Interviewed by Sommer Schafer
Read Corey Farrenkopf’s fiction piece, Kettle Pond
Sommer: I like how Marissa keeps almost scientific notes of the bubbles arising from the kettle pond. She seems to be coping with a very difficult life by boiling it down to its quantifiable elements. What processes did you go through in creating such a unique, young character and, in particular, deciding how she would handle the disappearance of her father and an absent mother?
Corey: That’s an awesome question. In my mind, Marissa was struggling to make sense of things moving in and out of her life and the only way she could deal with it was through concrete analysis . . . or distraction. She can count the bubbles, perform her experiments, observe the natural world and that, in some way, acts as a surrogate for her lacking family life. She finds comfort in the knowable when so much of her life is unknowable. To her, the bubbles symbolize the approach of something, and it’s this strange hope I wanted her to cling to, a belief in some form of magical resurrection and return. Marissa’s inquisitiveness came from my own obsession with the kettle pond across the street from my childhood home. I spent a lot of time down there catching and cataloging insects. There was an ancient snowmobile crashed in it, half submerged, and I always wondered what happened to the driver, why it was left there to rust. The image stuck with me, so I melded that with Marissa’s inquisitiveness and that’s basically the nucleus of the story.
I’m always curious about how a writer knows when to end a story, especially if it’s a piece of flash fiction as “Kettle Pond” is. As you wrote, were you aware that this would be a short piece, or did you find yourself editing it down? Do you write longer stories too, and if so, what do you find are the differences between crafting flash fiction and longer fiction?
With “Kettle Pond” I set out to write a flash piece. I like the idea of setting a limited word count at the getgo and sticking to it. I like the challenge of placing restrictions on myself to force my brain to work differently from piece to piece. In that sense, I know if I’m writing a thousand word story, by word seven hundred I better figure out how to wrap things up and leave no loose ends. I do write longer stories (and novels), and oftentimes in those I find I meander way more than necessary and have to cut back a ton for the sake of pacing. In flash I never have that issue. Instead, I have to figure out the most efficient way to cram as much as I can in a thousand words. I think one of the major differences between flash and longer pieces of fiction is the amount of play I can get away with. It would be hard to write a five-thousand-word story about a giant sentient heap of clothing devouring the New England countryside, but I can totally get away with it in a shorter form. (That one’s called “The Great New England Clothing Heap” and it was published by Third Point Press.) I find that sometimes a fun premise falls apart when I string it out too long. When that happens, I’ll usually scrap a draft and write it over as flash.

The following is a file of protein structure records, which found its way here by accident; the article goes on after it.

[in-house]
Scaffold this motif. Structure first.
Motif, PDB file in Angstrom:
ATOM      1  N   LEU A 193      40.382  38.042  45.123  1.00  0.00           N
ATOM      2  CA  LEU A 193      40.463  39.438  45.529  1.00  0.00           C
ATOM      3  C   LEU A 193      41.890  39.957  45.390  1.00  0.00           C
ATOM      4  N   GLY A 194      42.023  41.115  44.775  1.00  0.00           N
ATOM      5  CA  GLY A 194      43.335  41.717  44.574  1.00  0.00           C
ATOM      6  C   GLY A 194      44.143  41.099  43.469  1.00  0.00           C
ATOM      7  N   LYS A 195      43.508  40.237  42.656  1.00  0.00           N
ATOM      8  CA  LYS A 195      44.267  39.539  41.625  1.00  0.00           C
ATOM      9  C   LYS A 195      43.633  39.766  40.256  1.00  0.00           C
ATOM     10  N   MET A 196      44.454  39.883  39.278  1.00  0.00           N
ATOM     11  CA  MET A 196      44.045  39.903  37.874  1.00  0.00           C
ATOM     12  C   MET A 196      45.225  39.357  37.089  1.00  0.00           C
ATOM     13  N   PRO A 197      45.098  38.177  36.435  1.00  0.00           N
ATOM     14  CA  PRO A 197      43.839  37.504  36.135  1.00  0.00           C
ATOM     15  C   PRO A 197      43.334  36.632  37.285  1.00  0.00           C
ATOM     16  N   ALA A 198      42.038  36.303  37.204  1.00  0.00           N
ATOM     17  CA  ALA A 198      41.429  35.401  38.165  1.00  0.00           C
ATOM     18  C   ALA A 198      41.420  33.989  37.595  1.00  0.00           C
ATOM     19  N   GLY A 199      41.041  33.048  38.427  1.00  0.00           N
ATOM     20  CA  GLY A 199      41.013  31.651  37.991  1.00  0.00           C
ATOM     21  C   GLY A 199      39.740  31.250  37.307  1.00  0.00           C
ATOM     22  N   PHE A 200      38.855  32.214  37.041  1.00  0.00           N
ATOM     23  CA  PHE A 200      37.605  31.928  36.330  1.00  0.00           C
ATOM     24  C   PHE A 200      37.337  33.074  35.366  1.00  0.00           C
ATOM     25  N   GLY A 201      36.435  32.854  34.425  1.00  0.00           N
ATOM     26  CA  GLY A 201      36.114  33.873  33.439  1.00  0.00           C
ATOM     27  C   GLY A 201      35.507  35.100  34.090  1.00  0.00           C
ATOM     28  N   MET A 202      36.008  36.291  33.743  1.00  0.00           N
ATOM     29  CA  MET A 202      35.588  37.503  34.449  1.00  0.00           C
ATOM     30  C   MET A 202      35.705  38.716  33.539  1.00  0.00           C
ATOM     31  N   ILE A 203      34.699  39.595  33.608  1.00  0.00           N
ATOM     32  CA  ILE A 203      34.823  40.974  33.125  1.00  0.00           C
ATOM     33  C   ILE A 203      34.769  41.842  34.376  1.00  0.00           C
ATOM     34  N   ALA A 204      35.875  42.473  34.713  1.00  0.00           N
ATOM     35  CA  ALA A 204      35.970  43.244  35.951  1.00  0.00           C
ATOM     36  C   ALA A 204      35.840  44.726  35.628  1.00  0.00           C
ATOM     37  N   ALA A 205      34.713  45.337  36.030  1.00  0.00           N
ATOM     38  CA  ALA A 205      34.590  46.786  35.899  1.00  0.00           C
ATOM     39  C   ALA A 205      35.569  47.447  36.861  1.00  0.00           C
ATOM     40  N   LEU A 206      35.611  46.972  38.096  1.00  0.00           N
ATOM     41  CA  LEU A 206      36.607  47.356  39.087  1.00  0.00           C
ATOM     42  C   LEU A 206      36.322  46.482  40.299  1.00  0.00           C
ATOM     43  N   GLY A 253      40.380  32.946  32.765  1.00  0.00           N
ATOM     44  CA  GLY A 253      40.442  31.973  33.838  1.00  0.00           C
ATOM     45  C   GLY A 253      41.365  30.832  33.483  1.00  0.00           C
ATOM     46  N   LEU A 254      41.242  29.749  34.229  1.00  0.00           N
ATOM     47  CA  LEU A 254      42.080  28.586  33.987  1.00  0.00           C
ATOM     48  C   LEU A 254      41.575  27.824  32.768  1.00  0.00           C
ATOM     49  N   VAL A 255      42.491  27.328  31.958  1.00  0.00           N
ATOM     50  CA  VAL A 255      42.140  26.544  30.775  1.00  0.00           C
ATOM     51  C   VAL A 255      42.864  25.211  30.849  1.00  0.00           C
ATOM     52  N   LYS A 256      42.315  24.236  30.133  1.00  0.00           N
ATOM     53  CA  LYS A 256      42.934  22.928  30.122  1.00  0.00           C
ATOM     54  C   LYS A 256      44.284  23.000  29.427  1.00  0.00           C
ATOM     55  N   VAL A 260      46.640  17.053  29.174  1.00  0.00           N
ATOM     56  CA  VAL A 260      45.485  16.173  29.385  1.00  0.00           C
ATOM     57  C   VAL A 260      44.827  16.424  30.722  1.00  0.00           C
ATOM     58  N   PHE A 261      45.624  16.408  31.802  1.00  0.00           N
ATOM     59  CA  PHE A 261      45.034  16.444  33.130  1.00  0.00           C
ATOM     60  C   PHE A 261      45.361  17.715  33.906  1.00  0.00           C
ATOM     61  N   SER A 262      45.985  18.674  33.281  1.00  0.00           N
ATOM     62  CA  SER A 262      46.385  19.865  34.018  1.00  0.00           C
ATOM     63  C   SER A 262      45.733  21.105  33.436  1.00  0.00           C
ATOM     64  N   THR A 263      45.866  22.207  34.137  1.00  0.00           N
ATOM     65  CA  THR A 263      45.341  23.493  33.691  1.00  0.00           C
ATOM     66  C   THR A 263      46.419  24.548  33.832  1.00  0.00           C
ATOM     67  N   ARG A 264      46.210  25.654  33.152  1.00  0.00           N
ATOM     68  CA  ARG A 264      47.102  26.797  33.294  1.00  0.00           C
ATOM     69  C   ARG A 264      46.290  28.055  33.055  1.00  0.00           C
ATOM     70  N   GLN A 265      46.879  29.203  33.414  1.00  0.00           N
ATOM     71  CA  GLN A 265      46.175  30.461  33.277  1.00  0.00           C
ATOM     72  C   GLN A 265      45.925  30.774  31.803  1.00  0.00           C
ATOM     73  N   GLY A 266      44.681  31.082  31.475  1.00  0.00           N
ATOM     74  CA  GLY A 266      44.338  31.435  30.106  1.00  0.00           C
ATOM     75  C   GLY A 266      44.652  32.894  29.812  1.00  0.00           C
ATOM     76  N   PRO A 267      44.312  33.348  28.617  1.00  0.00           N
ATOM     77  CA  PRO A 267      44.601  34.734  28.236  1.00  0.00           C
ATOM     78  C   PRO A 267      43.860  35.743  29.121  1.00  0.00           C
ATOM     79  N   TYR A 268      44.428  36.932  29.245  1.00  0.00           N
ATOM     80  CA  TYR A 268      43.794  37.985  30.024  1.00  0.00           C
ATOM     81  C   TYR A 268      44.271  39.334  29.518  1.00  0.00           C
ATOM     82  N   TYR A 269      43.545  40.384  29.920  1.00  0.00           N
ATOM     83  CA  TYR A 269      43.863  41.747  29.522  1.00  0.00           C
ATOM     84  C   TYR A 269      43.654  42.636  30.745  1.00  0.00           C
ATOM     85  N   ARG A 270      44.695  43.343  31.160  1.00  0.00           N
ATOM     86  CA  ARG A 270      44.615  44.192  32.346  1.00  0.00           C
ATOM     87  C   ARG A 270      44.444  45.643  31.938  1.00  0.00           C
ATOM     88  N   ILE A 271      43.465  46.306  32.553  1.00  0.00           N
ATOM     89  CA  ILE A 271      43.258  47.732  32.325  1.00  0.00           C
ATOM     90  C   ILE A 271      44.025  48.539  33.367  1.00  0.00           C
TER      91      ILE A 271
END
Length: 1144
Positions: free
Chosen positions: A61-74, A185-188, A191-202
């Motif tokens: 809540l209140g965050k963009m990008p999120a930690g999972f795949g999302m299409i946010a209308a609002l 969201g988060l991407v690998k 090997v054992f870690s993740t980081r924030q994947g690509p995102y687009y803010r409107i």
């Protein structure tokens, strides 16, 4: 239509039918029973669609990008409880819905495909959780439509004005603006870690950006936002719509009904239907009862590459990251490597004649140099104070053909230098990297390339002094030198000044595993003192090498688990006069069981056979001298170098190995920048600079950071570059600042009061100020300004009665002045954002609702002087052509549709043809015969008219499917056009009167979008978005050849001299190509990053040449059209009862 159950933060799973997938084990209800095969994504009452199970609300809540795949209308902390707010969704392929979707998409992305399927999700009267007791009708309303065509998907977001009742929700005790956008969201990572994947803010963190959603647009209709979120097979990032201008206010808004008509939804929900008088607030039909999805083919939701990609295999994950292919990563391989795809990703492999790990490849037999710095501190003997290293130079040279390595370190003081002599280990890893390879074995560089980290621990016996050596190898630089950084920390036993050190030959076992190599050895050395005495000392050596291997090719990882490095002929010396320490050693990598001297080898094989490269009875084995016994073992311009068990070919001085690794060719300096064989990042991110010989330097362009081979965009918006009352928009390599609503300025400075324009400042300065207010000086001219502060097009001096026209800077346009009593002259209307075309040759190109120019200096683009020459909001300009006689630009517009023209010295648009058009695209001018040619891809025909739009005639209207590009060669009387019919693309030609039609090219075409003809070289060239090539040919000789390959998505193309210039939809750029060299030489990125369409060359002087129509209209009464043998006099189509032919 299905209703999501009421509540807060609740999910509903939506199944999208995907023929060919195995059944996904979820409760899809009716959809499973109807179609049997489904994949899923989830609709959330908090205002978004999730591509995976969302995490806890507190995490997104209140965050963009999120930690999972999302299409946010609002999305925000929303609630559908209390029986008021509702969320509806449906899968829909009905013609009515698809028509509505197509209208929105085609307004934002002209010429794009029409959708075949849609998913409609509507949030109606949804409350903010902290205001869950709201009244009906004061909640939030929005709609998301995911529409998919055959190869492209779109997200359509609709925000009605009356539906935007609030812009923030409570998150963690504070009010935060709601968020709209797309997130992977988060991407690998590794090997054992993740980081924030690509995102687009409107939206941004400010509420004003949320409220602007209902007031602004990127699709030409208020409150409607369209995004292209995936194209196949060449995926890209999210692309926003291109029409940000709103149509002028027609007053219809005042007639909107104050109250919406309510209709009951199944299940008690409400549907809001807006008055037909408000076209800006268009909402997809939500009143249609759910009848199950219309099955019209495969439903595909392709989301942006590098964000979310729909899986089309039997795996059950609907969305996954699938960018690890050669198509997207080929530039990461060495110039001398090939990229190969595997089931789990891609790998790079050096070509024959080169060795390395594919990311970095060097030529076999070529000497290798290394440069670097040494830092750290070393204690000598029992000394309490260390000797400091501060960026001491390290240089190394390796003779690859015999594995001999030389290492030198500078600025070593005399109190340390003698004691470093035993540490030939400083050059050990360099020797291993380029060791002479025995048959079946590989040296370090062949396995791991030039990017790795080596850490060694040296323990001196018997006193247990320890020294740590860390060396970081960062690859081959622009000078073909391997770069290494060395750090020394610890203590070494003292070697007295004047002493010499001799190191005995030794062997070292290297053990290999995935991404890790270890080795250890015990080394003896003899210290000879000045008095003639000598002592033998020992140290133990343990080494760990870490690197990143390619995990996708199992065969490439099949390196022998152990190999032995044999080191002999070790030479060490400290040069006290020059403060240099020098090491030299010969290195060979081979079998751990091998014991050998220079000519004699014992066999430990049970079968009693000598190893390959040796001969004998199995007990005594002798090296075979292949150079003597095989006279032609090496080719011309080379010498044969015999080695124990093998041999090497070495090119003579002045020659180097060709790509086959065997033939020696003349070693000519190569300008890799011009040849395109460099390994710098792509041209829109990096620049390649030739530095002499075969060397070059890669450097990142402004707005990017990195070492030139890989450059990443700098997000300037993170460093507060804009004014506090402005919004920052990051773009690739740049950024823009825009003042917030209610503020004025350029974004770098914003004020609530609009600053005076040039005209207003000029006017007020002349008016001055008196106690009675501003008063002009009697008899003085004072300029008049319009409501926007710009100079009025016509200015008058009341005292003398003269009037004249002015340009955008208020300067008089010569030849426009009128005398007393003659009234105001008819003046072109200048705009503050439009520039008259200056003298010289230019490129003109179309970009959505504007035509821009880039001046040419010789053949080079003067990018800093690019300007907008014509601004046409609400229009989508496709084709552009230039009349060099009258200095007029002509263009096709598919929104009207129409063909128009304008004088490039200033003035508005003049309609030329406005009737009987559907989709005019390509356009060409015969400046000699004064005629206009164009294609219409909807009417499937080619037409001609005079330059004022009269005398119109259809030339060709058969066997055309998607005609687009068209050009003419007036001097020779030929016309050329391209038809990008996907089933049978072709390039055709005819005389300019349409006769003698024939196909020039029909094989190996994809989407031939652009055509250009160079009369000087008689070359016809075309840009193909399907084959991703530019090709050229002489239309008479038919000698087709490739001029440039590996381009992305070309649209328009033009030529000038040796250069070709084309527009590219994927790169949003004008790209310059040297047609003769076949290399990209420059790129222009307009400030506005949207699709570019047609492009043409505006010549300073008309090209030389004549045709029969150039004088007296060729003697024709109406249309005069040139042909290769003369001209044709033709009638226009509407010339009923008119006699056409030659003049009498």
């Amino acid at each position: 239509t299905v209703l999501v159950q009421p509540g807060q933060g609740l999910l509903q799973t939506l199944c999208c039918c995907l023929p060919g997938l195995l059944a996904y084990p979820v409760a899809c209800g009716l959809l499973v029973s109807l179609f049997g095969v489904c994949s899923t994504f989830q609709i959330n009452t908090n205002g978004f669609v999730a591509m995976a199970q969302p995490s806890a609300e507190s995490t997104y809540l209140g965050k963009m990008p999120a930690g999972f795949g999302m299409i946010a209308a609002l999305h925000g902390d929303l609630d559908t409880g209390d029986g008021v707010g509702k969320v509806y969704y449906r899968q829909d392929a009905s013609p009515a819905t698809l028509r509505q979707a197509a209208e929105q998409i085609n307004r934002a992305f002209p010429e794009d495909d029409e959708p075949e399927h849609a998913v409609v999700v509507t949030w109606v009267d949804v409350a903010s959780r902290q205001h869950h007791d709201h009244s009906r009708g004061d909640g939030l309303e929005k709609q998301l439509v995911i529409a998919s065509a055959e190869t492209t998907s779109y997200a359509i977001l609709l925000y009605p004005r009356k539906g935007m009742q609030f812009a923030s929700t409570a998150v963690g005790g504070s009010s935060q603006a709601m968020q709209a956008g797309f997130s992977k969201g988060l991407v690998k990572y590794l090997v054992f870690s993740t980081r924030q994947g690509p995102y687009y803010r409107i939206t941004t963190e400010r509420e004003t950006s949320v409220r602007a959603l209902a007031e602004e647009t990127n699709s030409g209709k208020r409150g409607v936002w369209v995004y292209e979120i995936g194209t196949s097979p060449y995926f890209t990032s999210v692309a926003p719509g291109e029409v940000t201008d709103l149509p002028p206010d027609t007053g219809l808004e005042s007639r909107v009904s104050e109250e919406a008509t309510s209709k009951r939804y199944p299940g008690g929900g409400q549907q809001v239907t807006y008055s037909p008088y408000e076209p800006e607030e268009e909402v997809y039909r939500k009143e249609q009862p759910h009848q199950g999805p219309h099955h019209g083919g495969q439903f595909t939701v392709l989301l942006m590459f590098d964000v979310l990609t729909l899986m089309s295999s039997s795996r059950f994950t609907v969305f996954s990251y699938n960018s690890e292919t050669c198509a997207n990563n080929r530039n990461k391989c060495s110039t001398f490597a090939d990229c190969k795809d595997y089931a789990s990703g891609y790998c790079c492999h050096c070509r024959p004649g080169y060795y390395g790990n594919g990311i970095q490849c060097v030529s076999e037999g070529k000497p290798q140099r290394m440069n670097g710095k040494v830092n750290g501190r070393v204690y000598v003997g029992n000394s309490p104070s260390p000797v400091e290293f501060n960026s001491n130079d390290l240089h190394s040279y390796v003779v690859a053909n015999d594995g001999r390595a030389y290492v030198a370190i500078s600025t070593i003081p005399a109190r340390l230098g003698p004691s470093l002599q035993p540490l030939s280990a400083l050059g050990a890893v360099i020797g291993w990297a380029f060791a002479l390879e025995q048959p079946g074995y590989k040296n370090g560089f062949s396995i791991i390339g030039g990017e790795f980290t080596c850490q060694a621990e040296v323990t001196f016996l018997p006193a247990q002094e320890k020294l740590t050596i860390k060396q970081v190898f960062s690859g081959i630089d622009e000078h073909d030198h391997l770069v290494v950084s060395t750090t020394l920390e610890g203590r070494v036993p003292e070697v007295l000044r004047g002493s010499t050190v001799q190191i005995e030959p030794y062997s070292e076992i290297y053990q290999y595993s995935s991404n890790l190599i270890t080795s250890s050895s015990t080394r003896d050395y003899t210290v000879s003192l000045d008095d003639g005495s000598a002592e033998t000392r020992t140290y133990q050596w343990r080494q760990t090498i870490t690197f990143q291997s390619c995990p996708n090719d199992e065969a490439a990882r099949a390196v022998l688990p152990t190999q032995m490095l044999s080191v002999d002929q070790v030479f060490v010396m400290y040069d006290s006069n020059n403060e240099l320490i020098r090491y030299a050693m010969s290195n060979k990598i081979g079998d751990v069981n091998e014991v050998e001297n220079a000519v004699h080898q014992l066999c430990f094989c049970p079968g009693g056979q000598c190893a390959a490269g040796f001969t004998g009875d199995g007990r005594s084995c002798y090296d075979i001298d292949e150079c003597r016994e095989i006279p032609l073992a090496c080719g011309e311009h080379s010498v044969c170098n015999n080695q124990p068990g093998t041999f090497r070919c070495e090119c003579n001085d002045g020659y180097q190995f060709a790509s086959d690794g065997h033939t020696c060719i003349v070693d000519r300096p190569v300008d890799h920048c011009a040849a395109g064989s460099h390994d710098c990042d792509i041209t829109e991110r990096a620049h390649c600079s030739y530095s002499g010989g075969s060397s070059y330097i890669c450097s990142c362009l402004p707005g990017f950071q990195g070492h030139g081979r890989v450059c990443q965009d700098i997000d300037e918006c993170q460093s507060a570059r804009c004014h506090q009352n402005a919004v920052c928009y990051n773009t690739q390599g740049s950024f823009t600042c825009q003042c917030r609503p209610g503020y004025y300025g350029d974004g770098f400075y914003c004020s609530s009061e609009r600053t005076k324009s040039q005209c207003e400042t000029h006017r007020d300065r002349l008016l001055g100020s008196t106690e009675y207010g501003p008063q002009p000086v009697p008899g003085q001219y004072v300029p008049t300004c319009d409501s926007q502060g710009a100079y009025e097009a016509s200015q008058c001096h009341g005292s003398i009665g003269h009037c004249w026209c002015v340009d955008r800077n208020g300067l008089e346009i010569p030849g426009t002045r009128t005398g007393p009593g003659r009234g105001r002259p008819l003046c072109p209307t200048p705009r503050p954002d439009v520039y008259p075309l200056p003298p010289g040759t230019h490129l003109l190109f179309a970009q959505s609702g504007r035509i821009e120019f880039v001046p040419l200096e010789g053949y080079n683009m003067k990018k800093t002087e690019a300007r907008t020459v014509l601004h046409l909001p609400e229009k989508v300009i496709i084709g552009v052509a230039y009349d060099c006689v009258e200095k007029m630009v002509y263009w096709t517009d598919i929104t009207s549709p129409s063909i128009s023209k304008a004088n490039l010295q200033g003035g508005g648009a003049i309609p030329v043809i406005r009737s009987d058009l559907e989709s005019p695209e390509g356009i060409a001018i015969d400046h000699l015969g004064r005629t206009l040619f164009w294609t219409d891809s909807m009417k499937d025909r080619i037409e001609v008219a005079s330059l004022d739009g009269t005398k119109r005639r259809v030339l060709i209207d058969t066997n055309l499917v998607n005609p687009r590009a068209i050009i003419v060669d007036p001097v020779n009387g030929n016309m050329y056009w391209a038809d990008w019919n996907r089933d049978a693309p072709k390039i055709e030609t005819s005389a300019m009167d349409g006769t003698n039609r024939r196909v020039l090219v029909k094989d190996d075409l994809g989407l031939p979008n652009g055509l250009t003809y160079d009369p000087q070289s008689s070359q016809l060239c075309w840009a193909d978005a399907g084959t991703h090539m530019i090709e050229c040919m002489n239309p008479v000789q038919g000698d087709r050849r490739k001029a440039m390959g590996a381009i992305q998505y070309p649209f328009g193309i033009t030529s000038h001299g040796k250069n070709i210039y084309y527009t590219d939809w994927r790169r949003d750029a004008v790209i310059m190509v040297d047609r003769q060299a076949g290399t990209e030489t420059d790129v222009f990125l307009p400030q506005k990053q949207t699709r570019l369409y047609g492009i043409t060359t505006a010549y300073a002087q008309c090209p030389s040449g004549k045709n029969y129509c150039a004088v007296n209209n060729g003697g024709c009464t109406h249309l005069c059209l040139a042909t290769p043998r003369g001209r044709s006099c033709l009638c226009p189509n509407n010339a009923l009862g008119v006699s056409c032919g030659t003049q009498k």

Who/what inspires your writing? Do you write more by routine, or when the mood strikes?
As far as flash writers go, I really like the work of Amber Sparks, Jen Michalski, Jan Stinchcomb, Jad Josey, Claire Polders, Cathy Ulrich, and Meghan Phillips. But I also love horror/dark literary writers like Caitlin R Kiernan, Laird Barron, Karen Russell, Paul Tremblay, Kelly Link, Carmen Maria Machado, Stephen Graham Jones, John Langan, Nadia Bulkin, Nathan Ballingrud, Amy Bender, Jeff VanderMeer, Livia Llewellyn, Leni Zumas, Andy Davidson, Dan Chaon, and a bunch of other authors who fall into a similar category. Outside of other writers, I’m mainly inspired by the natural world. You’ll usually find at least one specific animal/plant-related image in each of my stories.
I’m definitely a routine writer. I get a half hour every day on my lunch break and can usually snag one to two hours after/before work at least three days a week. Some weekends I can hammer out five hours a day. On others I get zero. I’d probably get very little done if I waited for the mood to strike . . . I’d probably just be reading instead.
Do you have any advice for writers on handling rejection?
I try to look at rejections as stepping stones. I’ve received three on the day I’m writing this and it isn’t even one o’clock. Lately I’ve been getting more stories published in magazines I really respect after getting between eight and fourteen rejections beforehand. For example, “Kettle Pond” was my twelfth submission to The Forge. I always say it’s good to make two email folders in your inbox. One for standard rejections and one for tiered/personal rejections. That way you can keep track of everything numbers wise, and if/when you need some inspiration, you can dip into the tiered/personal rejection folder and read some editorial praise to get you motivated. It’s a great pick me up.
Thank you for doing this interview with me, and congratulations!